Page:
“It has really opened things up and you can imagine people now wanting to hold things like wedding receptions and engagement parties here. The community has really led from the front on this.
“My grant has just been to help with some of the finishing touches outside. I know there’s a grand opening coming in May and I look forward to attending that.”
Local firm JD Varney Builder and Carpenter has led on the project from start to finish. Cheryl Pike, treasurer and social secretary on the centre’s management committee, was delighted to see the project nearing completion.
She said: “We were short of the money to finish off bits and pieces outside the building so we greatly appreciate Cllr Corkin’s grant and all the other pledges of funding.”
New wheels for volunteer bus service
The wheels keep turning on a volunteer-run community bus service which is about to welcome a new vehicle to the fleet.
OurBus Bartons’ fundraising campaign since April last year has enabled it to buy a replacement bus.
The 16-seater Treka minibus cost £45,000 second-hand and will go into service once signwriting is completed.
County council leader Ian Hudspeth, whose division includes the Bartons, contributed £5,000 towards the campaign from his Councillor Priority Fund, repeating a donation he made last year.
OurBus Bartons chairman Ken Caldwell said: “Both this year and last year we were very lucky to receive funding from Cllr Hudspeth’s priority fund.
“Last year we used it for ongoing maintenance to keep the buses running and for some staff clothing. This year we put the funding towards the replacement bus.”
OurBus Bartons was launched in 2016 to provide an immediate response to cuts to rural transport. It has since delivered more than 14,000 passenger journeys.
Operating from Middle Barton, a dedicated band of around ten volunteer drivers make journeys to health centres in Deddington and Chipping Norton, as well as nearby supermarkets and train stations.
Mr Caldwell said: “It’s a lifeline to many in the community. We’ve just taken on a new service to the Windmill Day Centre in Deddington which means four elderly members from Middle Barton can get out and about.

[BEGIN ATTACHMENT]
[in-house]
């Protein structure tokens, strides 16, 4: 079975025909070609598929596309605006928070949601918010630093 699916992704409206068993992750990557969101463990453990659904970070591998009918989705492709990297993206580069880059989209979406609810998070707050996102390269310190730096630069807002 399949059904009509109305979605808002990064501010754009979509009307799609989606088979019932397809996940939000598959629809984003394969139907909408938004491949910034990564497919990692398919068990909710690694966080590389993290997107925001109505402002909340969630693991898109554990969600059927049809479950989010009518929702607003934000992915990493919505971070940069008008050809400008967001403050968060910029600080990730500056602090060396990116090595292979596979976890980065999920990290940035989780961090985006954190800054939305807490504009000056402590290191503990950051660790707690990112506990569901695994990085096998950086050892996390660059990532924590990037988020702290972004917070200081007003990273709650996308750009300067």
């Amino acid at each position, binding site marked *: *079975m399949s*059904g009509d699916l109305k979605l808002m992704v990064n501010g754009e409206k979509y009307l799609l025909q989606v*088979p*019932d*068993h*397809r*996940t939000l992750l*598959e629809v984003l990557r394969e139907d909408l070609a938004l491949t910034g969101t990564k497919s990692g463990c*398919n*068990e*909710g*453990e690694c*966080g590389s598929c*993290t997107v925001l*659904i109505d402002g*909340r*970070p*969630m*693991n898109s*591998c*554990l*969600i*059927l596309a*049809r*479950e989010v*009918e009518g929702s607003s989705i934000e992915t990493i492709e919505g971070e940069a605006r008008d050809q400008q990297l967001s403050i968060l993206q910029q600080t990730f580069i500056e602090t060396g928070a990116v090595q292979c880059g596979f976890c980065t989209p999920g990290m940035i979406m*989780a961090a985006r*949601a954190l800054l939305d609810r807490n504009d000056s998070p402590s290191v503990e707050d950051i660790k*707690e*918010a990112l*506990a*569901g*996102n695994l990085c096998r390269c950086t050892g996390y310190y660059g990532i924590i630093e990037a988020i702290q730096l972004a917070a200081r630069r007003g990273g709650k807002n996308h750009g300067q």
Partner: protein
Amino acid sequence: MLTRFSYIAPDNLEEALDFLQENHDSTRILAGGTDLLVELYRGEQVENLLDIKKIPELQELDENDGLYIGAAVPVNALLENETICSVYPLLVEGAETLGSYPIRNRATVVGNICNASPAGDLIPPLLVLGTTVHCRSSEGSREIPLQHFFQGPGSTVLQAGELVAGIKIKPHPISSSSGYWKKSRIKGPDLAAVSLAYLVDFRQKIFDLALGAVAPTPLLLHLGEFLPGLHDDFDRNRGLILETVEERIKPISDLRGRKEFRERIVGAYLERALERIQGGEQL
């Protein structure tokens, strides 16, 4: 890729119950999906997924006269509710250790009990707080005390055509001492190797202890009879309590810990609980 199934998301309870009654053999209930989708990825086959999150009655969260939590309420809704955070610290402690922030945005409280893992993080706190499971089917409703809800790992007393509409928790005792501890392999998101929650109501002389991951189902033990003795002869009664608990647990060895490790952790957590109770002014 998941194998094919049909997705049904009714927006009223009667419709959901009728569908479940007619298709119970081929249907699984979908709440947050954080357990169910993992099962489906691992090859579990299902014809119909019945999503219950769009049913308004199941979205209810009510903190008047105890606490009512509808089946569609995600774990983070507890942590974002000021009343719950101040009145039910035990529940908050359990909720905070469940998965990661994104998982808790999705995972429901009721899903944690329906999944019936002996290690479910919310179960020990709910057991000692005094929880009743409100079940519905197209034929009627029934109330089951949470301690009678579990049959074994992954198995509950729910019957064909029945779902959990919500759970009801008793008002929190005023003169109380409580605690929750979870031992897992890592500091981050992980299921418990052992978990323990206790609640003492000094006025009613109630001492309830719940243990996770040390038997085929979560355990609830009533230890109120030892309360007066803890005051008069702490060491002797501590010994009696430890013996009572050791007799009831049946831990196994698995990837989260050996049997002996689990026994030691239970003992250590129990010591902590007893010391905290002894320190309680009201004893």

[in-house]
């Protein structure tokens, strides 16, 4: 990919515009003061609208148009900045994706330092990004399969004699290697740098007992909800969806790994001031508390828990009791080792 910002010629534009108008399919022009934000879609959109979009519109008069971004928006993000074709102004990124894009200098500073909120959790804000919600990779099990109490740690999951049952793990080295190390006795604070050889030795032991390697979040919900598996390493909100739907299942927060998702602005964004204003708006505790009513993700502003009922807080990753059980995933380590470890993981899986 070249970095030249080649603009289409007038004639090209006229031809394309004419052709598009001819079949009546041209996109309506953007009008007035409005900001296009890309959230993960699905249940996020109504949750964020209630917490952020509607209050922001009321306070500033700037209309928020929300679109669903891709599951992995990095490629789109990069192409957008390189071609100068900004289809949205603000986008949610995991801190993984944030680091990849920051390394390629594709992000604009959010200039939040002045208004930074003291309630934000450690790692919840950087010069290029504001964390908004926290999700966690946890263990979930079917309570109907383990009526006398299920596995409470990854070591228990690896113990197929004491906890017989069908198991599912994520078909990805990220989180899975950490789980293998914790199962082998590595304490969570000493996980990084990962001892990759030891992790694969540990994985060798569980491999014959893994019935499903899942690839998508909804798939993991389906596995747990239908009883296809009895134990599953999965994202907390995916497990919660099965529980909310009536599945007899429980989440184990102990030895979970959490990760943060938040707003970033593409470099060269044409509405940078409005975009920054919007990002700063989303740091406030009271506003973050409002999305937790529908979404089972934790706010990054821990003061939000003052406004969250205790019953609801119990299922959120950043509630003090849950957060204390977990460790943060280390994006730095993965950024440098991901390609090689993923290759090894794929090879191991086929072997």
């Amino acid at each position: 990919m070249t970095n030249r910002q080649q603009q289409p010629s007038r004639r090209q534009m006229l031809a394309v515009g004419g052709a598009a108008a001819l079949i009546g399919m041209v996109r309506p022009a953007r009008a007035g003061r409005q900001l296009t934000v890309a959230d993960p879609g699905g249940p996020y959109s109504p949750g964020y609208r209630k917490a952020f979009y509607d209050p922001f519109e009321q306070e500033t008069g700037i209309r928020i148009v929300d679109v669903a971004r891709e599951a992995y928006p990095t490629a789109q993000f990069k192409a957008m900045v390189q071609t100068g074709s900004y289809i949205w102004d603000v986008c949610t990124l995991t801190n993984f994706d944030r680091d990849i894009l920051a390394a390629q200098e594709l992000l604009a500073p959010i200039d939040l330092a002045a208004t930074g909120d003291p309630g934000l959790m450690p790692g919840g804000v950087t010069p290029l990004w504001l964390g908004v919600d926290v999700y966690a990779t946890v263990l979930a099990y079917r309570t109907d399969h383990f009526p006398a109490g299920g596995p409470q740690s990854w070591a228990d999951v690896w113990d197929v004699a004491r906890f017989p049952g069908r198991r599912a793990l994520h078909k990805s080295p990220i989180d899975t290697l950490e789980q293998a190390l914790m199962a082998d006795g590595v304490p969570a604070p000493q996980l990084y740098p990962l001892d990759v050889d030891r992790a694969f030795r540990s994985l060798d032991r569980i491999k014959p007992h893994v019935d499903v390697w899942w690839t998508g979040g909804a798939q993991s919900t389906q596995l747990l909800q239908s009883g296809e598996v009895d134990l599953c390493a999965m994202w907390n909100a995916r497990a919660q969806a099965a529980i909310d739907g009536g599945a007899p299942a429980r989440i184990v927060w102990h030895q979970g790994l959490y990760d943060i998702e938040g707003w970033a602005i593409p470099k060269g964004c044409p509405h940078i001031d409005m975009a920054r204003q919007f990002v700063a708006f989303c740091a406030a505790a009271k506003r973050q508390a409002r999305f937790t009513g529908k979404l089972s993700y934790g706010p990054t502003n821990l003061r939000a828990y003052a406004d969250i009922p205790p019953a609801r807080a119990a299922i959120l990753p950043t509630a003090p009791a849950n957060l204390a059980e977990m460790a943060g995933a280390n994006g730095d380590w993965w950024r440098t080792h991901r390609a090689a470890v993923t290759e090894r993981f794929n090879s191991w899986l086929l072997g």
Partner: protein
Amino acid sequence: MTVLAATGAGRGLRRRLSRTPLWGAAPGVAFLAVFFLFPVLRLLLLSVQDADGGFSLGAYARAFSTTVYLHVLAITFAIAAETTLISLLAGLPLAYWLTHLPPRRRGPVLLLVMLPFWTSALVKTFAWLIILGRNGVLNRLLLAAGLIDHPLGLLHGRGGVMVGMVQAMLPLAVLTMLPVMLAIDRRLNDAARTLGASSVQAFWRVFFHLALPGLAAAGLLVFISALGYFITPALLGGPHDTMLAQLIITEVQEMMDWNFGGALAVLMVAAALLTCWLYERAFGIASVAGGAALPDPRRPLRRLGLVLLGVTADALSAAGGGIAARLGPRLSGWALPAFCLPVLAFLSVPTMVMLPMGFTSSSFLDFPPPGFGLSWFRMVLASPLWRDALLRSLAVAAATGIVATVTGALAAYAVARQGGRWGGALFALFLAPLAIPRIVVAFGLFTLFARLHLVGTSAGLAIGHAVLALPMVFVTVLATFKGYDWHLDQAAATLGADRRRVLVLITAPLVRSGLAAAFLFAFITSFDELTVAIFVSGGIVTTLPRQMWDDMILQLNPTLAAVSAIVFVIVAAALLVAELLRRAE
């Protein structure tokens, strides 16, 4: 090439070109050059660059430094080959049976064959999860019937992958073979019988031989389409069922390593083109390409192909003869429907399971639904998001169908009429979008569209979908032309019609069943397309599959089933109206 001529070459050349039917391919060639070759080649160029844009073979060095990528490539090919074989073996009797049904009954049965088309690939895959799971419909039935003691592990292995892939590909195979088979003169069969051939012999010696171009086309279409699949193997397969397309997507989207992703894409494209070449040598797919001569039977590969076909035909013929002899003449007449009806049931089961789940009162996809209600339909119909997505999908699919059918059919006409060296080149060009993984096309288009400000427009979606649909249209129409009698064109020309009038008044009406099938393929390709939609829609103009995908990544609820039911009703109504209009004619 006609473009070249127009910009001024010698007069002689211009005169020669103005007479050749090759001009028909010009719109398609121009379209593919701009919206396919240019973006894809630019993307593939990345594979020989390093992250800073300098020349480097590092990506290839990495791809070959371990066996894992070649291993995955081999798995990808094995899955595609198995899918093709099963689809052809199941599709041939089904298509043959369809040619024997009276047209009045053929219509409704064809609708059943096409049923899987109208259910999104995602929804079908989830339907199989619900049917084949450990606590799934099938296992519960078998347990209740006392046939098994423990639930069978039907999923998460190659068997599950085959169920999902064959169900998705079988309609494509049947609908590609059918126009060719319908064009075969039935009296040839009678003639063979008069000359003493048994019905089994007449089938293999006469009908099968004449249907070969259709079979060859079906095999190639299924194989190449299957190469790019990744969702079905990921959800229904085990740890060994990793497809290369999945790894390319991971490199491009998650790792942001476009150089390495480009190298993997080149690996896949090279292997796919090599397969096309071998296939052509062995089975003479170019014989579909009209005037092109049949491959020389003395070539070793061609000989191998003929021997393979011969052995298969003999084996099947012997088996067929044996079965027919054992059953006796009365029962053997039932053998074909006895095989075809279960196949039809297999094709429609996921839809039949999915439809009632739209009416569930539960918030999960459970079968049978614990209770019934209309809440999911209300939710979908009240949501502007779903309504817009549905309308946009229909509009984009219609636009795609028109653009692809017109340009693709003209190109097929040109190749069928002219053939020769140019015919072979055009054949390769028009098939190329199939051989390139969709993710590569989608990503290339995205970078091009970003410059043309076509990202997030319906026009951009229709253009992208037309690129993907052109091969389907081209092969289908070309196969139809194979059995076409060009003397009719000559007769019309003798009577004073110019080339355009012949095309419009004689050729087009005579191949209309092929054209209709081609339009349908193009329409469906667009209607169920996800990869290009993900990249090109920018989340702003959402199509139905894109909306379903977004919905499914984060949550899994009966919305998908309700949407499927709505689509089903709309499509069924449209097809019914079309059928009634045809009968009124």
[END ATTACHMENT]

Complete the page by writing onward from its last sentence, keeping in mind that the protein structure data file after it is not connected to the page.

“It’s providing them with activities, companionship and a meal, which would otherwise not be possible as none of them have their own transport.”
Cllr Hudspeth said he was delighted to see OurBus Bartons going from strength to strength.
He said: “One of the key problems in Middle Barton was the lack of a local bus service so the community got together to put on this service.
“It’s providing a useful connection to local services for local people. This priority funding has helped them buy an additional bus so in case one breaks down they’ve got back-up.”
How to apply for a slice of the pie
The purpose of this Councillor Priority Fund is to support councillor priorities in their areas.
It is for each councillor to decide how their allocation should be spent and with each area of Oxfordshire different it’s important that county councillors have the flexibility to allocate the money in the best way.
Anyone interested should discuss the proposal at an early stage with their county councillor and seek their support for their proposal. Funding is awarded on a rolling basis, so early applications are encouraged.
Applications will be assessed within 28 days to make sure your project proposal meets the scheme’s requirements.
The last date for applications to be submitted is January 31, 2020.
For more information, visit www.oxfordshire.gov.uk/residents/community-and-living/thriving-communities/councillor-priority-fund